Chinese Studies in History, vol. 31, nos. 3-4, Spring-Summer 1998, pp. 106-26. © 1998 M.E. Sharpe, Inc. All rights reserved. ISSN 0009-4633/1998 $9.50 + 0.00.
This chapter examines the major themes and issues in Western literature on Chinese business history since the late Ming period. As an area of academic inquiry, Chinese business history is relatively new, being a subfield of America's postwar China studies, and less developed, reflecting the peripheral role of the bourgeoisie in Chinese history. There are limitations in doing research on this field, partly because of scarcity of materials in the official history, and partly because it does not have a clearly focused scope for study. Indeed, there is no generally accepted definition of business history, even in the United States, where this discipline started and has thrived. The amorphous nature of this field is further indicated by the fact that it does not have a counterpart on the Chinese side.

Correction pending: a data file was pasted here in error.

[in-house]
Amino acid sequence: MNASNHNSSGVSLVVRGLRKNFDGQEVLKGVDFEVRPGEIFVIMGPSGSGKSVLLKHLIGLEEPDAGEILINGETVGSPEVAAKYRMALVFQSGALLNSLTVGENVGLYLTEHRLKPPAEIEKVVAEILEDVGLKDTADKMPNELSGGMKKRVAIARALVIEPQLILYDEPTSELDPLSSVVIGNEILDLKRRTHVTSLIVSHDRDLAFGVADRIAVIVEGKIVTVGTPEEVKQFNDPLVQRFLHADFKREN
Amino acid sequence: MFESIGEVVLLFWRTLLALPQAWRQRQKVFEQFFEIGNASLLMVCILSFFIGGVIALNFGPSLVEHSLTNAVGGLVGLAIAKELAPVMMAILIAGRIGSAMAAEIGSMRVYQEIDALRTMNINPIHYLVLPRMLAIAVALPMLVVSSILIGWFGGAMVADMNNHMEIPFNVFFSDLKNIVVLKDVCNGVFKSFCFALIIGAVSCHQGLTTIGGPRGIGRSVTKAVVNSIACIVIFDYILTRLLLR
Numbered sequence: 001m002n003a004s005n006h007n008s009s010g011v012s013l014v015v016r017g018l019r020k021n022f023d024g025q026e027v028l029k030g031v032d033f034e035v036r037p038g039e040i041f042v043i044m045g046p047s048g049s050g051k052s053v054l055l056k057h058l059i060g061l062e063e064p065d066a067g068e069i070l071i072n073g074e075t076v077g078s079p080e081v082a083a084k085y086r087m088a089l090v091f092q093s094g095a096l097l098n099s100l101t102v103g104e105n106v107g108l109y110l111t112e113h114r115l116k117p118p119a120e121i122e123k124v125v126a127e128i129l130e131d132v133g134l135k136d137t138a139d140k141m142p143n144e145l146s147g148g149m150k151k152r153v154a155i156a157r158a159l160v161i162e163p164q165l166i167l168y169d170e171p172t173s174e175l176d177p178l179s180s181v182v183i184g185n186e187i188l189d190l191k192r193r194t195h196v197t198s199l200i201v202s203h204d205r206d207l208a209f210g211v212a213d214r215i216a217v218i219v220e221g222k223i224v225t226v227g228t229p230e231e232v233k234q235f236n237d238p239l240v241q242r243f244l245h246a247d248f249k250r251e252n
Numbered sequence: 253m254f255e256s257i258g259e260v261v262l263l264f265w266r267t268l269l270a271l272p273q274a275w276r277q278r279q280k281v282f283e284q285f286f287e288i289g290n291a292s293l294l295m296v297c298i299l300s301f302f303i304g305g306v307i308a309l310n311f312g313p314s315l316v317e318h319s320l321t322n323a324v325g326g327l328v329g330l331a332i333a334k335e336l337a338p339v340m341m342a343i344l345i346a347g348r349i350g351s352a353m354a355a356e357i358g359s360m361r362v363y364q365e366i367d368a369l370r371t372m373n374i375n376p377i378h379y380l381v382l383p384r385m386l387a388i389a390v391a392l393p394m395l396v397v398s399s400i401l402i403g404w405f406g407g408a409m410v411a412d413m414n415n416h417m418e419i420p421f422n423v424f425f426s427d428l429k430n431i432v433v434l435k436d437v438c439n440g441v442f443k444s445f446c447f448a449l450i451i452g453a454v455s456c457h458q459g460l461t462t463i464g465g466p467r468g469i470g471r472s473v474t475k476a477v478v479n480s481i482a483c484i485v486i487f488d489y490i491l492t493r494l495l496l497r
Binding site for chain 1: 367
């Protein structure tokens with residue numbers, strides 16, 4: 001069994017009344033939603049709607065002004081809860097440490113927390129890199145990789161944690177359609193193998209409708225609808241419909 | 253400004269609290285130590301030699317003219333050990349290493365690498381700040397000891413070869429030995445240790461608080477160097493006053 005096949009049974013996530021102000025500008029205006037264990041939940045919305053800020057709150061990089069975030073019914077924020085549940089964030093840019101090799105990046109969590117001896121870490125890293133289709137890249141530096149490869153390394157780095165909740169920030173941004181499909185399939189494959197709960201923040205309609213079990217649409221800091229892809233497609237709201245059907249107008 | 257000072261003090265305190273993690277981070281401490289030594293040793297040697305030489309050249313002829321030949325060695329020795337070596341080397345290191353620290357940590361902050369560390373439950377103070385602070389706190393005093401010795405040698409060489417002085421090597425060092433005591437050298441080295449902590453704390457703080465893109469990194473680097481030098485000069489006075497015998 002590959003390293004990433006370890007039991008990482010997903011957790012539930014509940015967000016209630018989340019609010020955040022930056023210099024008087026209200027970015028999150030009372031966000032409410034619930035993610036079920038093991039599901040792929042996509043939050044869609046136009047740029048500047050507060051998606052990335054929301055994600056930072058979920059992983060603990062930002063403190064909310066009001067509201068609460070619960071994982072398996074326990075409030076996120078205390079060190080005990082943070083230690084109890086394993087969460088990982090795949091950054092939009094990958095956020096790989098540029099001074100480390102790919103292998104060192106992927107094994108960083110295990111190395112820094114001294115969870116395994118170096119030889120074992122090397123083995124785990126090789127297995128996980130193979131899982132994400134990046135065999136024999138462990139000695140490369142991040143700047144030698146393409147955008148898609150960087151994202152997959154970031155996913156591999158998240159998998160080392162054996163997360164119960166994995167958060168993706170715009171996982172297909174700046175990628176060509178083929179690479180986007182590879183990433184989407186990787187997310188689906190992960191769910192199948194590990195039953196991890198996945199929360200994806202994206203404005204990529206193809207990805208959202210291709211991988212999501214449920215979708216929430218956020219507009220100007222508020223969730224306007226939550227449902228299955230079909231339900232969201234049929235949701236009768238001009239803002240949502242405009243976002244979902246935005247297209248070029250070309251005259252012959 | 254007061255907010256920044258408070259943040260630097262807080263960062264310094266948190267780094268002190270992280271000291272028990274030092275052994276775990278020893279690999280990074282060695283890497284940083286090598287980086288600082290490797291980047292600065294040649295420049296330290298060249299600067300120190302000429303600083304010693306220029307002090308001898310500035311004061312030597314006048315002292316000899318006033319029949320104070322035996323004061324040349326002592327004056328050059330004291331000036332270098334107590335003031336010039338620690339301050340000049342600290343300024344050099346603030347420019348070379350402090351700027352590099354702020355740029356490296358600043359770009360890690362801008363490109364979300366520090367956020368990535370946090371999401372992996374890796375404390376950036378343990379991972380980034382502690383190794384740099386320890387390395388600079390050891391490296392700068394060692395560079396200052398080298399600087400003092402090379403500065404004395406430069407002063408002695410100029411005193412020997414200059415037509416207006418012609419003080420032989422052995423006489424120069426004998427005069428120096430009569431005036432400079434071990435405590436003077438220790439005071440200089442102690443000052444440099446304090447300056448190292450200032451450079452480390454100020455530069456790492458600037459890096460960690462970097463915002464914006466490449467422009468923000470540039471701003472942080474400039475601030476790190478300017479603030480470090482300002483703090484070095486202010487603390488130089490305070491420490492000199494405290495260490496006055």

The study of Chinese business history can be traced back to its humble origin in 1949, when a brief survey of the modern Chinese business class was published. Kwang-Ching Liu's pioneering work on an American company in China and Albert Feuerwerker's important book on China's early industrialization represent the serious scholarship of the 1950s. Historiography grew in volume and sophistication in the following decades, reaching a milestone in 1980, when Sherman Cochran's book on China's big business was published as a volume in the Harvard Studies in Business History Series. Since then this field has developed further, as reflected by the Business History Review's special issue on East Asia ( 1982), the formation of a____________________